I Don’t ❤ Semicolons by Rich

It’s time for one of my periodic rants.

You all know the use of common punctuation such as periods (“full stop” if you’re British), commas and quotation marks.

Then there’s this thing called a semicolon.


What the heck is a semicolon. And of what use is it to someone attempting to communicate?


Look, if you are writing something, I’m going to assume you are trying to communicate.

That is to say, you’re trying to cause some kind of effect on an audience that involves their understanding. You’re trying to get ideas across.

Of course, maybe you are only trying to impress. That’s a kind of effect too. But let’s leave that alone because that is not what this article is about.

Impressing people may be useful but it is limited. Once you’ve impressed them, then what?  “Joe really impressed me!” “Great, what does he do?” “I have no idea.”

Ordinarily you’re trying to impart some kind of idea or ideas to an audience. You are doing that through the medium of words and symbols, whether spoken or in writing.

This may be a new thought, but that result is utterly dependent on the audience understanding the meaning of those words and symbols you are using.

If I say, “Hob up qwalz zhvoo” it is not likely to lead to some kind of concept arriving at the other end. Let alone their taking any action (other than carefully backing away from me).

In this case, I really didn’t have anything in mind. But let’s say that is a perfectly sensible thing to say in Zhorshuva, the mythical language of the mythical members of a tribe living on the banks of the Danube.

And you don’t speak Zhorshuva.

Now exactly what have you accomplished with that “communication?”


I would like to present the radical notion that using semicolons is just about as useful as speaking in a foreign language the reader doesn’t know.

Because hardly anyone knows what a semicolon is or means.

Do you disagree with me? Ask a few people, “what’s a semicolon mean?”

Of course you say, but it’s just a tiny little symbol. That isn’t going to confuse anybody.

Oh yeah?

Or maybe it only confuses most people a little bit.

It is a fact, that every time you use a semicolon, you are directly sabotaging your own effort to communicate, to a greater or lesser degree.

And to what end?


I could just say “Oh Really?” And leave it at that.

But out of consideration for the semicolon lovers (I know you’re out there), let’s explain what a semicolon is and what it is for.

First of all, a semicolon is literally like a semi-literate.  That is less than completely a colon. A colon being two periods placed one above the other. A colon is used to introduce, amongst other things, a list of items, an example or explanation:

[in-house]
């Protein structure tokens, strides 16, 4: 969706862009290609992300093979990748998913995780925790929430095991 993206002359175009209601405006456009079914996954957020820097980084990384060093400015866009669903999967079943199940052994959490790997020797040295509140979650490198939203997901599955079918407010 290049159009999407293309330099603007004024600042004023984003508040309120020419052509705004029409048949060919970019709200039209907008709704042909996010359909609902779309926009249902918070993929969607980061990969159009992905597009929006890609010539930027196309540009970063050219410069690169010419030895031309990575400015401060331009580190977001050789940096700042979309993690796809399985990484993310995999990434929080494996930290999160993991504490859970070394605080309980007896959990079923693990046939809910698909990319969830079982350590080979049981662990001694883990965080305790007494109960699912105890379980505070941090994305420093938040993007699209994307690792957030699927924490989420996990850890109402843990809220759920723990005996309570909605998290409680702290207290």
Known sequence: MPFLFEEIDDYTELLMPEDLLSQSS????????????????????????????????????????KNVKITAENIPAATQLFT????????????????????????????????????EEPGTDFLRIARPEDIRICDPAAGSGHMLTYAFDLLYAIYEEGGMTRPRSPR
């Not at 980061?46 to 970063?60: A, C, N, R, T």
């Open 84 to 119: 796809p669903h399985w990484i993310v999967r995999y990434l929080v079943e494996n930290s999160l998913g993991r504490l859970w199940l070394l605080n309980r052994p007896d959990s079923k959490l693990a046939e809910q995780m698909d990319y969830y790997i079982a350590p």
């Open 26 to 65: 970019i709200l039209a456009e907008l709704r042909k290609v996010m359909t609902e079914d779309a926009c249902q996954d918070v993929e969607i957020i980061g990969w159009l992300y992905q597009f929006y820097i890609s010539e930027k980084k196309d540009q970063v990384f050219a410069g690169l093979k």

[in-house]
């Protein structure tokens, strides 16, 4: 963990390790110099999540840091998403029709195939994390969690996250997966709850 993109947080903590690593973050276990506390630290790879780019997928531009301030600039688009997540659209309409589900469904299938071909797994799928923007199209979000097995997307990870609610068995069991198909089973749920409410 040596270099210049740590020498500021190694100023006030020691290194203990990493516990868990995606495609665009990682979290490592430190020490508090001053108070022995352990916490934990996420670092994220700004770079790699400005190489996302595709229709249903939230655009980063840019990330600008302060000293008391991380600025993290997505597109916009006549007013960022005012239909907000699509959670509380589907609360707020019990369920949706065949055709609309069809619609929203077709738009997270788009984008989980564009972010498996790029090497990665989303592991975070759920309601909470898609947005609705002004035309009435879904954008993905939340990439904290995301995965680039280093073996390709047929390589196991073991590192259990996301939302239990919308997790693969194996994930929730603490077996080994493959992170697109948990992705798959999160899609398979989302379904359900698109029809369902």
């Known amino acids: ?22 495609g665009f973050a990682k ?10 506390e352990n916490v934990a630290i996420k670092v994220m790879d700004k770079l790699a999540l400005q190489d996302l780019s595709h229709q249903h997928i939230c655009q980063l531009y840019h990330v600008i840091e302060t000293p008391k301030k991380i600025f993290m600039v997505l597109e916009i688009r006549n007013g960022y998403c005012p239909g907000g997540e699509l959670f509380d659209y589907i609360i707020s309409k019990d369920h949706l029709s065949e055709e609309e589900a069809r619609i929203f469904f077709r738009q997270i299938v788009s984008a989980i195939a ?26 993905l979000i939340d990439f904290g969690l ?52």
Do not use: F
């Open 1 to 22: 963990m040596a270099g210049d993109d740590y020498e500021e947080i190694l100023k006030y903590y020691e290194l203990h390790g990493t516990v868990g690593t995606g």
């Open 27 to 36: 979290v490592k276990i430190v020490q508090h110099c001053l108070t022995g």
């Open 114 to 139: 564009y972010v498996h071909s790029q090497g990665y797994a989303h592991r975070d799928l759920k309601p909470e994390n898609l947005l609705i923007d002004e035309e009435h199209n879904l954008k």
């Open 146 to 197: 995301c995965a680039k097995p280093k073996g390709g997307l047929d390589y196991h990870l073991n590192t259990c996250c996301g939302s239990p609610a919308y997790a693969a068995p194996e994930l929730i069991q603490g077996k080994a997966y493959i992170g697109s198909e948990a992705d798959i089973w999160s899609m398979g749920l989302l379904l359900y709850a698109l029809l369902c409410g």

The sentence above is an example of the correct use of a colon.

A semicolon is top half of a colon, bottom half a comma. The truth is the name isn’t the best. A more accurate name could be a “semi-period.”

A period ends a sentence.  A comma, amongst other uses, joins two sentences in a sort of neutral fashion:

Joe is tall, Mary is short.

It’s agnostic about the relationship of the two parts. But you know they are related.

Now let’s make it into a semicolon:

Joe is tall; Mary is short.

What is the difference between those two sentences? The truth is NOT MUCH.

The standard explanation is that the two parts of the sentence are closely related. But you wouldn’t be joining two sentences into one, whether by comma or by semicolon, without them being related in some way. Otherwise you’d get head-scratchers like these:

Joe is tall, Mary is Swedish.

Joe is tall, wood is hard.

Joe is tall, give me liberty or give me death.


I KNOW there are semicolon lovers out there. I know you will put up an impassioned plea as to the subtleties of the difference between a comma and a semicolon. And you will be right.

Except for just this one thing.

If almost no one gets the point, what’s the point of using a semicolon?

Nothing. None. Nada. Zilch. Zip. Zero.  All of which are words that mean: None at all.

Which is why here at thirteen05 creative we have a firm rule:


Thank you for listening.


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